Business Law

In re Pursuit Capital Management, LLC (Bankr. D. Del.) – Assignment of Estate’s Avoidance Claims to Assignees Was Not Champertous Because Assignees Were Creditors of Estate and Promised to Remit Net Recovery to Estate

The following is a case update prepared by Dan Schechter, Professor Emeritus, Loyola Law School, Los Angeles, analyzing a recent decision of interest:


A bankruptcy court in Delaware has held that an assignment of a bankrupt estate’s avoidance claims was not champertous because the assignees were creditors of the estate, rather than third-party strangers, and because they promised to remit the net recovery to the estate. [In re Pursuit Capital Management, LLC, 2018 Westlaw 6841364 (Bankr. D. Del.).]

Facts: A group of financial firms was allegedly looted by its insiders. The debtors’ Chapter 7 trustee negotiated an assignment of the estates’ avoidance claims to two of the debtors’ unsecured creditors, on the theory that the estates lacked the resources to prosecute the claims. The assignees agreed to return any “net recoveries” to the estates. The bankruptcy court entered an order approving that sale.

When the assignees eventually brought fraudulent transfer and breach of fiduciary duty claims against the insiders, the defendants moved to dismiss, arguing (among other things) that the agreement was champertous, i.e., that the parties were stirring up litigation by transferring the claims.

Reasoning: The bankruptcy court denied the motion to dismiss, holding that under Delaware law, the agreement was not champertous because the assignees were not mere strangers seeking to assert someone else’s claims: “Agreements are not champertous when ‘the assignee has some legal or equitable interest in the subject matter of the litigation independent from the terms of the assignment under which the suit was brought.’” Here, the assignees were already creditors of the estate and therefore were not “strangers:”

Plaintiffs are not strangers to these causes of action or to the parties involved. Plaintiffs are creditors of Debtor whose claims at the moment are “deemed allowed” as no objections to their proofs of claims have been filed. As creditors with allowed claims, they are entitled to a distribution from the estate, and the estate will be the ultimate recipient of any litigation proceeds from this adversary proceeding. It is thus far from accurate to characterize Plaintiffs as strangers to the parties of the litigation.

The court also noted that because the assignees had agreed to return all “net recoveries” to the estates, their assertion of the estate’s avoidance claims was permissible.

Author’s Comment: Although the authority in this area is mixed, most bankruptcy courts have ruled that the estate’s avoidance claims are alienable, under some circumstances. But note that under Delaware law, the assignment of those claims cannot be made to just anyone, thus greatly restricting the universe of potential assignees (and thus, of course, reducing the assignor’s bargaining power).

In my opinion, it does not make sense to allow state law to handcuff the trustee’s ability to alienate the estate’s avoidance claims, often the estate’s only valuable asset. Many bankrupt estates are administratively insolvent, especially after corporate looters have drained the company of its cash and other liquid assets. Should that fact then enable looters to escape liability, simply because the estate lacks the resources to prosecute them? This rewards the looters. As a matter of federal law, bankrupt estates should have the power to monetize all of their alienable assets by conducting an open auction of the estate’s avoidance claims, selling them to the highest bidder, including third parties who are not creditors of the estate.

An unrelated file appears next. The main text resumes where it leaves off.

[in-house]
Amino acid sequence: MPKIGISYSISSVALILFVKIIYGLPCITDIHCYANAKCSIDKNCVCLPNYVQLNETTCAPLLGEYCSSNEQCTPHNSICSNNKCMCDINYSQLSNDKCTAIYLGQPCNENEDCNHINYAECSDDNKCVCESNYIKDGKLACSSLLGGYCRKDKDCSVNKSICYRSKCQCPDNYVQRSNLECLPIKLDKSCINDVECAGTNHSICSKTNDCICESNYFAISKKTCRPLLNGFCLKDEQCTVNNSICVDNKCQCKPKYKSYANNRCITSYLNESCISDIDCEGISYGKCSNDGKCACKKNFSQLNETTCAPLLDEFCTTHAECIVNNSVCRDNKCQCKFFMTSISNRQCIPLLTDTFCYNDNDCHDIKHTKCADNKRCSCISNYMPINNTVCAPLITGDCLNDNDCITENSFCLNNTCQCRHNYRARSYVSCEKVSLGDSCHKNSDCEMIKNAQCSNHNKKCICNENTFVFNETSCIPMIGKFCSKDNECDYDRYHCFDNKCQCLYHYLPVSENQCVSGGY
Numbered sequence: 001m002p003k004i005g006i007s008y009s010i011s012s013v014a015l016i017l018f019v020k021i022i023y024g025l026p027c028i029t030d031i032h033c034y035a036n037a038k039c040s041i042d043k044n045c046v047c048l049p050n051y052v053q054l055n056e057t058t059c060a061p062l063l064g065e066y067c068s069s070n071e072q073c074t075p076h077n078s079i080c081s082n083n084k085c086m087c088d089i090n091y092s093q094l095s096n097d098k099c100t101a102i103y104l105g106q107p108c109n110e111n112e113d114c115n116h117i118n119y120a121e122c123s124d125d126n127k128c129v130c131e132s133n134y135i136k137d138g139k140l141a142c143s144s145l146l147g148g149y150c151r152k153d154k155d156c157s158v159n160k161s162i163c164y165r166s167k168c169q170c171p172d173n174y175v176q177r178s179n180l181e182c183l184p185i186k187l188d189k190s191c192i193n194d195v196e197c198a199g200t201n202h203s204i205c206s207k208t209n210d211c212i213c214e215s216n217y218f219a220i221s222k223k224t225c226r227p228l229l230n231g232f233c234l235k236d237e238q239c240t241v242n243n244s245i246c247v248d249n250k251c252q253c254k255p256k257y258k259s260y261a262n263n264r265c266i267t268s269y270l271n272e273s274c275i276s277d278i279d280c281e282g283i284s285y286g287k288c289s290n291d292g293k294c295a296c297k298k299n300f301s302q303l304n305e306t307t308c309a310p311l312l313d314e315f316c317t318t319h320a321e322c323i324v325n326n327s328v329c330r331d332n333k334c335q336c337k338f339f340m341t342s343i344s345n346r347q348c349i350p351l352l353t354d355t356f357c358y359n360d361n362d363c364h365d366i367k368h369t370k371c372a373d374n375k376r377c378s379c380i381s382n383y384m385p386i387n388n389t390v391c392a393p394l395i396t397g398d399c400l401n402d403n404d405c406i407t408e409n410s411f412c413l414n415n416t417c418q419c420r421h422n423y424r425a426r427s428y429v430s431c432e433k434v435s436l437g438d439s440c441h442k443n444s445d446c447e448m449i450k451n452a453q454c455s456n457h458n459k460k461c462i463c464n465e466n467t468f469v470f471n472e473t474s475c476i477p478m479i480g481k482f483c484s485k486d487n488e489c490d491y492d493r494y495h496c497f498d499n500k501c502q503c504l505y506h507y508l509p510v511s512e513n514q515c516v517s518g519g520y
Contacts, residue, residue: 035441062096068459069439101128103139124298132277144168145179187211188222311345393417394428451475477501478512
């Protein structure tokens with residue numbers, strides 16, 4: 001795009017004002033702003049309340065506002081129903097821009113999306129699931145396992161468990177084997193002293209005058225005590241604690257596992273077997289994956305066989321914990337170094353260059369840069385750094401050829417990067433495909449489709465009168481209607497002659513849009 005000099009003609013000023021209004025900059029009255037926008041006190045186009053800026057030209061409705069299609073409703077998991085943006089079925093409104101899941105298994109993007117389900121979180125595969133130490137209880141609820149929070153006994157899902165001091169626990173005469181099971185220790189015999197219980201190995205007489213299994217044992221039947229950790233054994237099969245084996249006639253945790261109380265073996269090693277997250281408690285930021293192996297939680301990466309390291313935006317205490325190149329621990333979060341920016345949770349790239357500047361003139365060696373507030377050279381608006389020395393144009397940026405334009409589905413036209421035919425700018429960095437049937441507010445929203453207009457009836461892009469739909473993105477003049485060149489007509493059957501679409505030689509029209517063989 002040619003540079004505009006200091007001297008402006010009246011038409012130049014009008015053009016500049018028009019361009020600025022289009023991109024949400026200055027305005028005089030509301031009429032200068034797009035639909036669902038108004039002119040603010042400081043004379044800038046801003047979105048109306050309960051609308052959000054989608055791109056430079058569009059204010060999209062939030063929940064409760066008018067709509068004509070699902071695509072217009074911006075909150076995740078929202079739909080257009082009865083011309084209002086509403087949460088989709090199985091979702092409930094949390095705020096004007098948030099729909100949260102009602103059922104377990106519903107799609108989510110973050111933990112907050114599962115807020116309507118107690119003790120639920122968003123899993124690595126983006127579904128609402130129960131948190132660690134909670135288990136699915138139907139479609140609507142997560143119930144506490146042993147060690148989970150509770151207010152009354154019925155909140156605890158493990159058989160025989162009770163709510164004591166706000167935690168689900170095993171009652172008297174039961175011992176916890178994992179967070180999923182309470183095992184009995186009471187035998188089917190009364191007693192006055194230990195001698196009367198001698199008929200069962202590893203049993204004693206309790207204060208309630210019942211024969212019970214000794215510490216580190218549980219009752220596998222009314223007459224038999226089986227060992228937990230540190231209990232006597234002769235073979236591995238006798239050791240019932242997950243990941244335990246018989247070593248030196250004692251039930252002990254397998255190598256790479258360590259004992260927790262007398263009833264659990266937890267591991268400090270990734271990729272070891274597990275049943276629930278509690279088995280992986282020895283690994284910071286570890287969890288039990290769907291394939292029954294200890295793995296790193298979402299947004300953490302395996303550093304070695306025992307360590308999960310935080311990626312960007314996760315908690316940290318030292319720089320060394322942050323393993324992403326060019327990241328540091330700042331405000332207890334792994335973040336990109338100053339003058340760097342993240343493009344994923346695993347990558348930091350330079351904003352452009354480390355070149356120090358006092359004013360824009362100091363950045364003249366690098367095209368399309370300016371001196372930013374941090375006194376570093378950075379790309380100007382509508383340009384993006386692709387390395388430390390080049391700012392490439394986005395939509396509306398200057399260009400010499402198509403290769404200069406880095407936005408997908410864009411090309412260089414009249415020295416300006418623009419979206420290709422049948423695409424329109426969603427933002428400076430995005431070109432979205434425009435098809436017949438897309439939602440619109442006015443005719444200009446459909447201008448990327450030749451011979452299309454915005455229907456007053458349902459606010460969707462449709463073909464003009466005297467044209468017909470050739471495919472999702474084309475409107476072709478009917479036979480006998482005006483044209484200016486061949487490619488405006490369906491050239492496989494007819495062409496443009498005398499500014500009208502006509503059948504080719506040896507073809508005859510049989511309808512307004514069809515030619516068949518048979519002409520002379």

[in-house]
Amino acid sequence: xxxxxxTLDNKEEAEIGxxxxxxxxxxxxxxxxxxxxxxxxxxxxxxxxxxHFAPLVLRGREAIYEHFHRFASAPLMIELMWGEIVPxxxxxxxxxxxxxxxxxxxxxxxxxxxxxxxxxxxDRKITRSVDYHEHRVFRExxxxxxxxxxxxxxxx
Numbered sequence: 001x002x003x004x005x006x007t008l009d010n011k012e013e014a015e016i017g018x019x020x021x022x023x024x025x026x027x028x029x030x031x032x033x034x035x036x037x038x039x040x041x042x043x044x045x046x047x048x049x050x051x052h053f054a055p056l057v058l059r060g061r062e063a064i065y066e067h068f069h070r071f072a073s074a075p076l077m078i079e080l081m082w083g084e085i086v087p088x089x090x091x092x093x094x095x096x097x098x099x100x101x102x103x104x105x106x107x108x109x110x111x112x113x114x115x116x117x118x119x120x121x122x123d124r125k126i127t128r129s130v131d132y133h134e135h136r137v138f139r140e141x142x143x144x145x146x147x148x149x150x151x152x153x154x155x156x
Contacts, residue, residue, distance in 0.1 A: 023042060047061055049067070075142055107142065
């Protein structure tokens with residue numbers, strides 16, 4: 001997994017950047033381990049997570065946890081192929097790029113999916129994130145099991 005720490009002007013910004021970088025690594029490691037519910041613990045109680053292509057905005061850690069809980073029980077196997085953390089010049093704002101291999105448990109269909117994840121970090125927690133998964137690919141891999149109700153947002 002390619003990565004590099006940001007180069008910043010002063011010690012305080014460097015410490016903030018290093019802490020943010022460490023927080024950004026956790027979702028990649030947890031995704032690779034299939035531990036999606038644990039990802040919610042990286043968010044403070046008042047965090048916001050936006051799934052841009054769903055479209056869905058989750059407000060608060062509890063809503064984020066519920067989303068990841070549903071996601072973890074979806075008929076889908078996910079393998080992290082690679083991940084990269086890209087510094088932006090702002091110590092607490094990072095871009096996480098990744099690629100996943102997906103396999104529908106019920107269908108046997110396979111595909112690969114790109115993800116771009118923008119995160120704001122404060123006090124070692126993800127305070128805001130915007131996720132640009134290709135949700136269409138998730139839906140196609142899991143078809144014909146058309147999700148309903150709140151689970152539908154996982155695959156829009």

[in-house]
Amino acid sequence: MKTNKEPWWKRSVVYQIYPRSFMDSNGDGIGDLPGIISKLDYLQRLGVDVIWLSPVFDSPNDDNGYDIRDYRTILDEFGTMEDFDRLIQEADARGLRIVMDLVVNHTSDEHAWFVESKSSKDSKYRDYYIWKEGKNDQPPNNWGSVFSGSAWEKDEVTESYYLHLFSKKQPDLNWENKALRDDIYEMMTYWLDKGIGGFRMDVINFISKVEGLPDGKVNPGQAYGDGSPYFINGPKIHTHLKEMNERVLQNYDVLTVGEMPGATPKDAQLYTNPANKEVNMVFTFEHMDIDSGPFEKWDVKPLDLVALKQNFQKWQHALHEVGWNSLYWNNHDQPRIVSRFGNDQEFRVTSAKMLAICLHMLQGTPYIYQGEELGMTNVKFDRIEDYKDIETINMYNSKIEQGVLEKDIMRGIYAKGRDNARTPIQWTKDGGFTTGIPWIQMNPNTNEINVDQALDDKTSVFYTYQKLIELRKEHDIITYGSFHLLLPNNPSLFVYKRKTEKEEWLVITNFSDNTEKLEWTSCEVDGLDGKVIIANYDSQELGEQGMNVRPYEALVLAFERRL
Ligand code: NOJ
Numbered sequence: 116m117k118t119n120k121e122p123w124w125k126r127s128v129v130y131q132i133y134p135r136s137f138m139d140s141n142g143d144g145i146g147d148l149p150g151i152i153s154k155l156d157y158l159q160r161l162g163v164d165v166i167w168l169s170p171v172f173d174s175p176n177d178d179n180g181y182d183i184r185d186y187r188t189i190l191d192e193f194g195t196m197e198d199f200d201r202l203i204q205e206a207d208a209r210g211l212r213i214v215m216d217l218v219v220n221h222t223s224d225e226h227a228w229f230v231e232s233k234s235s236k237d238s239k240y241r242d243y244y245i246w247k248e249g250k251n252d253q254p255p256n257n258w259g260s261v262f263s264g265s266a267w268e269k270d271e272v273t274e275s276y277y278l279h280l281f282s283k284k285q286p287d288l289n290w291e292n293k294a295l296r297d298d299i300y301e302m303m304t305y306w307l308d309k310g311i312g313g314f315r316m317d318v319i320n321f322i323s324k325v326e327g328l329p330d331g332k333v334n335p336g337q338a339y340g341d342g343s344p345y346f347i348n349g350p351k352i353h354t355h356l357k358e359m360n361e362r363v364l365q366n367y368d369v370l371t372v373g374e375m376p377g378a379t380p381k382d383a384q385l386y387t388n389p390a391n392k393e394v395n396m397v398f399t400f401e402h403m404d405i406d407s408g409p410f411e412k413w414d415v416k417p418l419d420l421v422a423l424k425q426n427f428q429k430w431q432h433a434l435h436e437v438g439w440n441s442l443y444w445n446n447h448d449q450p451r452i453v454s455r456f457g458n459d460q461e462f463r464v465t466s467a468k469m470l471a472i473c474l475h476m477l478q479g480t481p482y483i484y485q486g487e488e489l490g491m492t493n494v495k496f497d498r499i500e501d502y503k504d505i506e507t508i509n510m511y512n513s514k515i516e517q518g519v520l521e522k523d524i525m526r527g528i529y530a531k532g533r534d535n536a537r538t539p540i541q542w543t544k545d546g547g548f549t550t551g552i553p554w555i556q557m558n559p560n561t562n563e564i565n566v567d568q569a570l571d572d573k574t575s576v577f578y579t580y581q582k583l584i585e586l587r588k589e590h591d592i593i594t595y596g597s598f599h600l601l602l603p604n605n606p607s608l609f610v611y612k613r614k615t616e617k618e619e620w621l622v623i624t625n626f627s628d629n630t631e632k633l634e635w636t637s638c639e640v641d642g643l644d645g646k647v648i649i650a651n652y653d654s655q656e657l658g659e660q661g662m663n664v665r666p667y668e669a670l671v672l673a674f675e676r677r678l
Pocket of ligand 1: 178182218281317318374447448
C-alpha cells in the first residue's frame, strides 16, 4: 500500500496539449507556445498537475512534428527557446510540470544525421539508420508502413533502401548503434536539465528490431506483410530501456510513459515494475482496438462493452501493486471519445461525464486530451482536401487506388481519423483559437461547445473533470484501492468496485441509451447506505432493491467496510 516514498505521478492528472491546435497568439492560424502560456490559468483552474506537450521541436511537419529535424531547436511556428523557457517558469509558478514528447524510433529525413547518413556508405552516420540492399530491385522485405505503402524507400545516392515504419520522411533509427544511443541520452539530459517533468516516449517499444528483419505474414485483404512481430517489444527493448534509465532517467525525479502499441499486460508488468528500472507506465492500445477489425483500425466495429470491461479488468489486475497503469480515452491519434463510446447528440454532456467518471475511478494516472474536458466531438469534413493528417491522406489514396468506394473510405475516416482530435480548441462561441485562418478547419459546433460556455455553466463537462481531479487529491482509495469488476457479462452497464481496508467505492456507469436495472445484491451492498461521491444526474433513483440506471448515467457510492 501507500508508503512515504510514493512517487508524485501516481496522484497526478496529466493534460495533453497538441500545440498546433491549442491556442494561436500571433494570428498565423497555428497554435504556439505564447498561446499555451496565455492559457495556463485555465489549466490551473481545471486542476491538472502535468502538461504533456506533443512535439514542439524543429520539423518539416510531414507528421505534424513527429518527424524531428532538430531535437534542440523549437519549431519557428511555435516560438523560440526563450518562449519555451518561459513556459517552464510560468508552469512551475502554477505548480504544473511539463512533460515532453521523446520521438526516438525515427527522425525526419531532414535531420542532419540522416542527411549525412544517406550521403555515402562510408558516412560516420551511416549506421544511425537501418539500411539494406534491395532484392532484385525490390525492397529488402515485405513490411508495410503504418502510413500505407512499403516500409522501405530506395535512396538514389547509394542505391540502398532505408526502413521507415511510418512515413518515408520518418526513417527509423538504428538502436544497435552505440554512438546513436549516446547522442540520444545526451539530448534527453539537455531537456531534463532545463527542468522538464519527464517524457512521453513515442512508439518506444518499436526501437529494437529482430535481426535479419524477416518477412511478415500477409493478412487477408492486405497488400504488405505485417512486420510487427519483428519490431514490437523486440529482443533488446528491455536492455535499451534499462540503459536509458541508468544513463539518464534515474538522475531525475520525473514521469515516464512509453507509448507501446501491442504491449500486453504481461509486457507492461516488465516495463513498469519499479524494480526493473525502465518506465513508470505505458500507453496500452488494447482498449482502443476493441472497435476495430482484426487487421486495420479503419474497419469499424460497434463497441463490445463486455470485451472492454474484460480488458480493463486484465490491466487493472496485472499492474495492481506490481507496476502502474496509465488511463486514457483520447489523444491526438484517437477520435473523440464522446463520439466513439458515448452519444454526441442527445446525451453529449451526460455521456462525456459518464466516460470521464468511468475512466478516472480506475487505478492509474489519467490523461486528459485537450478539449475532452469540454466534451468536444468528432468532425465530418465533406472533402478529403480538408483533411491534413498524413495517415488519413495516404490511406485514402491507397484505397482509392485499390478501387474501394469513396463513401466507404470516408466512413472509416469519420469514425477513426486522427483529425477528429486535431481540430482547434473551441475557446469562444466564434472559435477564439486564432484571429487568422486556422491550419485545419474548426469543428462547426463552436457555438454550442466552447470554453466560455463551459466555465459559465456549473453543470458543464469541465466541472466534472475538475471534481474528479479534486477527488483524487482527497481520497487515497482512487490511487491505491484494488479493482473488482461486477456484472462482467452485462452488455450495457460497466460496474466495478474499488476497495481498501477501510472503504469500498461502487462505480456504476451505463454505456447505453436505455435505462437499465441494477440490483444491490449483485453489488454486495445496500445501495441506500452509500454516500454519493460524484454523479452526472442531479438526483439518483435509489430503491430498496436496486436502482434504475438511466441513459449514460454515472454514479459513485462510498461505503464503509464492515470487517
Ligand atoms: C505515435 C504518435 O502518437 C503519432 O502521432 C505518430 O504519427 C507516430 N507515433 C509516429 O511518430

In addition, it does not make sense to restrict the alienation of avoidance claims to transferees who (as in the present case) promised to remit any net recovery to the estate. That restriction would chill the bidding for the estate’s claims, since assignees hoping to participate in the proceeds of the prosecution would be disqualified.

For discussions of cases involving related issues, see:

  • 2018-28 Comm. Fin. News. NL 55, Since Bankruptcy Trustee Assigned All Claims to Purchaser, Purchaser Lacked Derivative Standing to Prosecute Claims on Behalf of Estate.
  • 2017-45 Comm. Fin. News. NL 86, Even Though Bankruptcy Case Had Been Dismissed, Creditor That Took Assignment of Estate’s Avoidance Claims Still Had Standing to Prosecute Them.
  • 2014-39 Comm. Fin. News. NL 78, Creditor Cannot Obtain Derivative Standing to Bring Fraudulent Transfer Claim On Behalf of Estate Unless Trustee Has Finally Refused to Prosecute.
  • 2011 Comm. Fin. News. 94, Despite Bankruptcy Trustee’s Inability to Prosecute Claims Belonging to Creditors, Plan of Reorganization May Appoint Litigation Trustee to Prosecute Those Claims.
  • 2010 Comm. Fin. News. 85, Since Corporation’s Bankruptcy Trustee Cannot Assert General Alter Ego Claim Against Shareholders Under California Law, Creditor Has Standing to Do So.
  • 2010 Comm. Fin. News. 33, Where Creditors Have Executed Formal Assignments of Tort Claims, Liquidation Trustee as Assignee Has Standing to Prosecute Creditors’ Claims.
  • 2010 Comm. Fin. News. 28, Liquidation Trustee Is Empowered to Assert Claims Assigned by Estate’s Creditors Against Third Party Tortfeasors.
  • 2008 Comm. Fin. News. 01, Trustee’s Recovery of Fraudulent Transfer May Be for “Benefit of the Estate,” Even if Secured Party May Be Entitled to Trustee’s Recovery.

These materials were written by Dan Schechter, Professor Emeritus, Loyola Law School, Los Angeles, for his Commercial Finance Newsletter, published weekly on Westlaw. Westlaw holds the copyright on these materials and has permitted the Insolvency Law Committee to reprint them.

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